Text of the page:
Edmonton's bike lane plan irks mayor

Complaints from street-front businesses that they were never consulted about the city's new bike lanes angered Edmonton's mayor Wednesday.
Area residents examine a map of the proposed bike lanes in south Edmonton Tuesday night at Hazeldean School. (CBC)

Complaints from street-front businesses that they were never consulted about the city's new bike lanes angered Edmonton's mayor Wednesday.

"We've lost sight of the importance of a car within the City of Edmonton which is still better than 70 per cent of the traffic," he said. "If we continue to do that we're going to lose business after business after business."

At a transportation committee meeting this morning an irate Stephen Mandel ripped into the transportation department for not talking with businesses before approving routes which will eliminate street parking.

The mayor's comments came after a public meeting was held at Hazeldean School Tuesday night.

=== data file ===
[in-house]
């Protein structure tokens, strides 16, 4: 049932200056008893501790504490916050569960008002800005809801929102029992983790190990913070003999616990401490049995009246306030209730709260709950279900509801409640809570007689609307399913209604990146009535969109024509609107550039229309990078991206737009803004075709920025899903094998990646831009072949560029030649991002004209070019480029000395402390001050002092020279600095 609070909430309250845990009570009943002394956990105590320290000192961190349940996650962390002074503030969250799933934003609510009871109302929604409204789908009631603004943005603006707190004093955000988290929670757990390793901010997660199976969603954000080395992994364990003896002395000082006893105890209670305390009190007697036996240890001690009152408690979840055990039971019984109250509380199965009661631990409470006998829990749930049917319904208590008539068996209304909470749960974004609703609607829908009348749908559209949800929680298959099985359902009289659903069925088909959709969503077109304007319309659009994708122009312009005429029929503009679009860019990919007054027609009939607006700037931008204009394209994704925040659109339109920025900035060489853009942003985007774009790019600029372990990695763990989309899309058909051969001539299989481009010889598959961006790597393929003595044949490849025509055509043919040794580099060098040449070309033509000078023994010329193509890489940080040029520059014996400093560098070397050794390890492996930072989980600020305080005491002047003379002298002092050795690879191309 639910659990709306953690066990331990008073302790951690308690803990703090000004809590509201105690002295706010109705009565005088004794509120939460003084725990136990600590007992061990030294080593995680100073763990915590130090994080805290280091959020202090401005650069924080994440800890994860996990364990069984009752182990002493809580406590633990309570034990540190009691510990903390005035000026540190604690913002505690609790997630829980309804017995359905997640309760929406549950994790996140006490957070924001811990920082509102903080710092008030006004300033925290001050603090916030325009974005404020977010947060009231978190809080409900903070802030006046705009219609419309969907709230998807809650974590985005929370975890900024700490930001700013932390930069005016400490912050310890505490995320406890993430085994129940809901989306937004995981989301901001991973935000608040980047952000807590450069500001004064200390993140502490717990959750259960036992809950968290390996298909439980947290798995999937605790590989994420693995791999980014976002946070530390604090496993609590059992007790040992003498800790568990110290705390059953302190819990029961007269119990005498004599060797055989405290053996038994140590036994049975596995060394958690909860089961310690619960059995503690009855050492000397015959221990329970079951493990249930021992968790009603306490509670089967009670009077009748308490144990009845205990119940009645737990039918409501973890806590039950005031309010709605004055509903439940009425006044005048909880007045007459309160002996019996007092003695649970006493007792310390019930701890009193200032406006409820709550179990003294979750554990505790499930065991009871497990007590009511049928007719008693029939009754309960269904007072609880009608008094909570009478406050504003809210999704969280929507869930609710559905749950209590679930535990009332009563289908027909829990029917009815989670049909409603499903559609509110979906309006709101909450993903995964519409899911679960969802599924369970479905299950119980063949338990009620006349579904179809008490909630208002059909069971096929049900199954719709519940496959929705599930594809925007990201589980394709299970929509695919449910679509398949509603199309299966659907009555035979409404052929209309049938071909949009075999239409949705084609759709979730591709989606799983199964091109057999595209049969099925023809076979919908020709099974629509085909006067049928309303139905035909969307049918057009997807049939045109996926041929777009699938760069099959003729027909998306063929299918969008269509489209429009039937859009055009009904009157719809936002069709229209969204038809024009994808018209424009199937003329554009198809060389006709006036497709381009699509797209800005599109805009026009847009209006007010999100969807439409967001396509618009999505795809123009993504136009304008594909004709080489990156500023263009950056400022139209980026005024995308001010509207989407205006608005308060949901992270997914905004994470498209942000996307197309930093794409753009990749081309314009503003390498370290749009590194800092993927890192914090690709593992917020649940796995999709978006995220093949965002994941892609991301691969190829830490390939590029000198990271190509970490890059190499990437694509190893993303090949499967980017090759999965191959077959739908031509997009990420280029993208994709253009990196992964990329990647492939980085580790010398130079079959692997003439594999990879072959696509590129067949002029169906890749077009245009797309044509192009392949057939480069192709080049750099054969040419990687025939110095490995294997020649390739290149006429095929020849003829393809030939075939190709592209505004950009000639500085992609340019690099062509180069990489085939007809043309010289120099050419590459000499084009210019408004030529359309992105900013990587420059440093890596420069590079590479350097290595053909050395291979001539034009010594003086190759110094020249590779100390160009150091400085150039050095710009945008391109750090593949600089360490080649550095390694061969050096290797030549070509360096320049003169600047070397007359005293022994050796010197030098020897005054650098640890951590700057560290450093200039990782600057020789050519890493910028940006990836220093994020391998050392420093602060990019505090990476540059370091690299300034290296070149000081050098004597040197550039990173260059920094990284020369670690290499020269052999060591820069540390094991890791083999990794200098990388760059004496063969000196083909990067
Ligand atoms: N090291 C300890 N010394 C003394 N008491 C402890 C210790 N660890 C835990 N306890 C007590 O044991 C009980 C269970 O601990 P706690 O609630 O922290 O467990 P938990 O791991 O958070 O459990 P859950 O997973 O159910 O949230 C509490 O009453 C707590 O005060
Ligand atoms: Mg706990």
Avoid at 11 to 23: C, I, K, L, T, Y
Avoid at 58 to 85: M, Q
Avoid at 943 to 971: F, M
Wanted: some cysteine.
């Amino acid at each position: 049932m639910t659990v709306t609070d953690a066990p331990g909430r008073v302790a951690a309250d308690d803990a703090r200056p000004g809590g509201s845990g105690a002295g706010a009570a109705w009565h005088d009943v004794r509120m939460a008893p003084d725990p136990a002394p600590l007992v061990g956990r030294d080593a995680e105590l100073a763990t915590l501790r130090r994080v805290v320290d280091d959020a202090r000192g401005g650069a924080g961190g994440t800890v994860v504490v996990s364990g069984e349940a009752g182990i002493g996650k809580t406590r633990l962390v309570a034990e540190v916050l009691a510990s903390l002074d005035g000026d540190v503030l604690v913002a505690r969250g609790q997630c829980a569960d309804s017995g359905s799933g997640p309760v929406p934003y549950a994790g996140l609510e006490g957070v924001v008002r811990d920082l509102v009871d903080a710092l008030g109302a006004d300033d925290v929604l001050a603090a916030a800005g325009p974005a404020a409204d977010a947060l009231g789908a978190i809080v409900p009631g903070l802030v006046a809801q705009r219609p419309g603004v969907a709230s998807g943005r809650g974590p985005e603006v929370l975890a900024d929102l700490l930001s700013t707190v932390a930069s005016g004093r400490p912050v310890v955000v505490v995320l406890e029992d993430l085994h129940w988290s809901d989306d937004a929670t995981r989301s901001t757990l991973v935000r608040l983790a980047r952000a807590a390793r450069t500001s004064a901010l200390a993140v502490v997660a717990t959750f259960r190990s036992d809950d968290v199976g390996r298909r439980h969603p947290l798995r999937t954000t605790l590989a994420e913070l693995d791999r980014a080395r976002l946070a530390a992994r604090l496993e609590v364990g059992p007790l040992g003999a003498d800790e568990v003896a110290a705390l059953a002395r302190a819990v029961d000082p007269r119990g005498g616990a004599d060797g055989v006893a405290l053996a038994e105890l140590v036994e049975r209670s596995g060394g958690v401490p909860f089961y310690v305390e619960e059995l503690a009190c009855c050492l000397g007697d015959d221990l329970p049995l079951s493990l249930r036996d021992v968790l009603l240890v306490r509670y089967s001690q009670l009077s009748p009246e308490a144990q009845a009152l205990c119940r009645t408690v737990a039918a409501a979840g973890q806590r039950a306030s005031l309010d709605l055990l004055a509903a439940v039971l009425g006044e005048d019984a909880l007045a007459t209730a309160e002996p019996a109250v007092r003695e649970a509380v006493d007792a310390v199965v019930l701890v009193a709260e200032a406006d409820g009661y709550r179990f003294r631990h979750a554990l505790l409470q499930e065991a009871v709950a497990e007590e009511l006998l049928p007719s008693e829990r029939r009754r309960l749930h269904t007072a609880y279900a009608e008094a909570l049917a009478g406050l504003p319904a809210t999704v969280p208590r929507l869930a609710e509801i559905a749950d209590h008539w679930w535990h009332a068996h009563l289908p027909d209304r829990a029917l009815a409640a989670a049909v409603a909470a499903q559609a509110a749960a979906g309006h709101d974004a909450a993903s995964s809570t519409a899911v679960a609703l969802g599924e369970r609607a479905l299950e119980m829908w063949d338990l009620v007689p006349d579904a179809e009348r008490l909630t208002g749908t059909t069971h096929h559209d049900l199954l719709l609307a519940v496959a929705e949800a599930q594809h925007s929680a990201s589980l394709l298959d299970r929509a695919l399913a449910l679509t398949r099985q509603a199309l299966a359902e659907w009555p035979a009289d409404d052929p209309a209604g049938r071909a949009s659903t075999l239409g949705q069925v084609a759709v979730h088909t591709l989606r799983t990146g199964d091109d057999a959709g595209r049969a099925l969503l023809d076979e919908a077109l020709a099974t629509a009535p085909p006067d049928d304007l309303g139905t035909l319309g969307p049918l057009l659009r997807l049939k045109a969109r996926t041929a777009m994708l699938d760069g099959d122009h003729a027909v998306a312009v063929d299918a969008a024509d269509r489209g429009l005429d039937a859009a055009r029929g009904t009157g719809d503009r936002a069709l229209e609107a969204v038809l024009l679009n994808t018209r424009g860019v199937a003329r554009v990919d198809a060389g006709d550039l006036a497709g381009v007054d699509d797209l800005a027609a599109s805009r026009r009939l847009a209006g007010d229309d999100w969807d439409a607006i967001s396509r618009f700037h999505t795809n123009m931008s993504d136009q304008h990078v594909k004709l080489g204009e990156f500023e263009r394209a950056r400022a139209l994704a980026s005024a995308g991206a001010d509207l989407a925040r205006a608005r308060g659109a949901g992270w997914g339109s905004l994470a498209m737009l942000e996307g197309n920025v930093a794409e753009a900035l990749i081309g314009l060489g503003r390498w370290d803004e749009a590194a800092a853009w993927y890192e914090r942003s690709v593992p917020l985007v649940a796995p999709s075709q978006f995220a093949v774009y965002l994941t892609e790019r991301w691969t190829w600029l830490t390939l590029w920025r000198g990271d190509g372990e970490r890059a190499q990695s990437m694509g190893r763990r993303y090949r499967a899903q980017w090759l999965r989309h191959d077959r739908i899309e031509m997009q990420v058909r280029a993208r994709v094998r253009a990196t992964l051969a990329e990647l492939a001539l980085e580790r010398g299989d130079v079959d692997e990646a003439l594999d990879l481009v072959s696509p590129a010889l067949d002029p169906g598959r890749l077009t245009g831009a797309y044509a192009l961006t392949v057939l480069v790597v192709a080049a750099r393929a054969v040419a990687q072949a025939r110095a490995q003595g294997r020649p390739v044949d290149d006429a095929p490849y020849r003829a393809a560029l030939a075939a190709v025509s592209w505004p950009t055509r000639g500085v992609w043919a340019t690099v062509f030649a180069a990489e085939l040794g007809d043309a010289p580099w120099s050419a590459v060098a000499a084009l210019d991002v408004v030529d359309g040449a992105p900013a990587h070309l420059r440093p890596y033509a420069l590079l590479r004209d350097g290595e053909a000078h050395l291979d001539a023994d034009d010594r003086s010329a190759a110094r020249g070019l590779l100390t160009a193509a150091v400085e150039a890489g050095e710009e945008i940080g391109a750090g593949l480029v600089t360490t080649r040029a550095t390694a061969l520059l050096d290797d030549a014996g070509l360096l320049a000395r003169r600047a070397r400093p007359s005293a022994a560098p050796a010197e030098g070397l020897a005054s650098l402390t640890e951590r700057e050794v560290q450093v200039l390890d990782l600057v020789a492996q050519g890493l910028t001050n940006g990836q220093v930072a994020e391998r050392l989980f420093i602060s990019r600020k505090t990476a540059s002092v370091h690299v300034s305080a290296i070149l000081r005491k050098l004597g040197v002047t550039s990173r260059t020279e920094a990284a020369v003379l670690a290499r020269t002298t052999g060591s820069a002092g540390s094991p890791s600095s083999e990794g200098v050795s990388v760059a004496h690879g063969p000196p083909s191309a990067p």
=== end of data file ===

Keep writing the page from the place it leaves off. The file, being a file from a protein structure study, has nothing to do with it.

Mandel wants to see records from the department on which businesses it consulted and when.

He said he's frustrated with the city's approach to the bike lanes.

"It's now become this massive investment, which I think is needed, but it has to be much more cleverly thought out than how we're doing it."

Transportation head Bob Boutilier said consultations on new bike lanes started over two years ago.

"A lot of older communities where people have relied on front yard parking, that's the challenge," he said. "It often doesn't impact people until the crews show up and that's the realization, 'What happened? What's going on?'"

Boutilier still plans to go ahead with adding 23 kilometres of new bike lanes in the city this year, unless elected officials decide otherwise, he said.

With files from CBC's Lydia Neufeld